Darren Johnson began his speech with references to a few ?horrendous drunk nights? at ULU in his memory before recalling that he had received a grant and decrying their abolition, perhaps threatening to establish an association that was not his intention. Commenting about his position as Green Party Leader on the GLA, he joked that ?it?s not been bad?but I would like promotion?. Mr Johnson?s big policy is to scrap the current road building plans, freeing up £1.2bn for investment into public transport and to extend the congestion charge across the whole of London. He promised to use the Mayor?s planning powers to ensure that no new buildings are built without solar panels and described Ken Livingstone (who was looking distinctly unimpressed during the speech) to be ?as Blairite as they come? on some issues. Coming across as enthusiastic, idealistic and young as he promised to ?take a green vision forward?, Mr Johnson did almost appear na?ve at times.
The incumbent, Ken Livingstone, was up next and used the first half of his speech to outline what he felt he had achieved in his first term of office. Noting that he had no responsibility for education and social services, he nevertheless pointed out that he had opposed top-up fees ?throughout four years as a mayor? and would continue to do so. Hammering home his student-friendly credentials Mr Livingstone declared that the London Planning Framework for housing now includes specific provision for student accommodation. His strong and confident performance, not bereft of levity (his description of himself as ?pretty promiscuous politically? raised a few laughs), ended with an impassioned plea to ?keep the BNP out of city hall? ? urging everyone to get out and vote even if they didn?t vote for him.
Steve Norris spoke last, beginning by wholeheartedly endorsing Mr Livingstone?s message to ?get out and vote? to ?fight the evil? of the BNP. Mr Norris avoided talking about policies, declaring that it was all too easy to be pulled into a ?bidding war? on issues such as police numbers which told voters nothing. Instead he spoke about the need for decent public services and for people in London to feel safe on the streets, describing some announcements from Scotland Yard as sounding like they originated in a ?soviet tractor factory?. He spoke in a considered and quite charismatic way about the need to do something ?significant? to address crime in the city.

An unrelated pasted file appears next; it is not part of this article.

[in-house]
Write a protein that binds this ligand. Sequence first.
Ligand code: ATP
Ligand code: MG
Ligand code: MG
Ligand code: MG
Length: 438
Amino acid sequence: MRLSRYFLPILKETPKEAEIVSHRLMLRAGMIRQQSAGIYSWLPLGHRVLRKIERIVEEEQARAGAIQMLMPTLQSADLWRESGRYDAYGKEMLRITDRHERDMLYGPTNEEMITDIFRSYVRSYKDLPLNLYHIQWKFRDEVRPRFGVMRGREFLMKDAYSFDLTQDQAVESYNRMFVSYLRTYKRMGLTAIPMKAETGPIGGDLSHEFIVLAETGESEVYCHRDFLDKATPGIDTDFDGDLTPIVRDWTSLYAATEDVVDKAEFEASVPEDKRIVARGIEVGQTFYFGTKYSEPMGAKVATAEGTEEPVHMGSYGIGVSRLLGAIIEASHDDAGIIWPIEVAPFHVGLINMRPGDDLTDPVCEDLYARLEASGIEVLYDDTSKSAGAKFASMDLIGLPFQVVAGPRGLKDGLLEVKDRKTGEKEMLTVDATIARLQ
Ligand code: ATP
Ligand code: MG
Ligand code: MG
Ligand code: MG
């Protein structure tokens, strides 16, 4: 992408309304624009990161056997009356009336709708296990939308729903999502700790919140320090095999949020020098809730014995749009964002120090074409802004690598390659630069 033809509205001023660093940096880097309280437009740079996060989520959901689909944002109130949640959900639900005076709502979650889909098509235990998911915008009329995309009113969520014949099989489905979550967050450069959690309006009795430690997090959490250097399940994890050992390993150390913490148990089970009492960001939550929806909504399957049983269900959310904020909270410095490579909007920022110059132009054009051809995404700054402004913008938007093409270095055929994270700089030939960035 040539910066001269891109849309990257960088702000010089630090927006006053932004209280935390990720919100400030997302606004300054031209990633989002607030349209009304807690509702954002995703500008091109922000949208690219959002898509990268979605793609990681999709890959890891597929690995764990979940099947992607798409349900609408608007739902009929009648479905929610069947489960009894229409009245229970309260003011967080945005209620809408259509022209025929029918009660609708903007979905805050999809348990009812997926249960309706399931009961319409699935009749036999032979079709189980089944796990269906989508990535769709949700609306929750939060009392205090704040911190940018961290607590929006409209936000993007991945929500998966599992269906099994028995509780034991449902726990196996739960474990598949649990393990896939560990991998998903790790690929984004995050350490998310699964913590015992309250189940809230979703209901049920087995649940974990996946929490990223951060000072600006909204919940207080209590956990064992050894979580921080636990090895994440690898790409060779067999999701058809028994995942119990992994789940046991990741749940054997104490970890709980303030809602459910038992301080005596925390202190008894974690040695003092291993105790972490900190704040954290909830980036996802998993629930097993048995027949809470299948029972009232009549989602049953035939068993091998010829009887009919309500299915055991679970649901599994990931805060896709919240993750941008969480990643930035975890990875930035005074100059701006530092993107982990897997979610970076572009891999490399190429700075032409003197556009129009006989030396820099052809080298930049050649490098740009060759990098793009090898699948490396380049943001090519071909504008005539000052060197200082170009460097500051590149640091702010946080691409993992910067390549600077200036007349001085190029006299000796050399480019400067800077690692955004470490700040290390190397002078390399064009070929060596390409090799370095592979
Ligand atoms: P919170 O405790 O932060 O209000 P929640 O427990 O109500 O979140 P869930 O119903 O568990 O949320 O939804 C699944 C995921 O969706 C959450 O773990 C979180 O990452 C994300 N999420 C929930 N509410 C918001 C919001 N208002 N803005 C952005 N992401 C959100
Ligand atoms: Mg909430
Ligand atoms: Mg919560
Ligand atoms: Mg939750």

After the candidate speeches, the chair began to take questions from the floor (after another batch of heckling from ?RESPECT? supporters attacking the ?male, middle aged? candidates present). The issue of the war in Iraq was the first issue tackled, with most candidates expressing broad support for the concept of bringing Britain?s troops home as soon as possible. Mr Hughes said that troops couldn?t pull out now, but should do so at the earliest opportunity and Mr Johnson pointed out that the UK couldn?t ?just pull out and hand over to chaos? but should call in the UN as soon as possible. Mr Gidoomal went further, suggesting that the UK and USA should publicly apologise to the United Nations and request that the UN take control. The issue of oil had always been the reason for the war, according to Mr Livingstone, and the USA would not withdraw until all the oil contracts were ?bindingly delivered? to US oil companies so Britain should pull its troops out now. Steven Norris described Tony Blair?s actions on Iraq as ?always wrong? and supported the assertion that troops should be withdrawn as soon as possible, pointing out that the ?moral case? for war was lying in tatters after the revelations regarding the Abu Ghraib prison.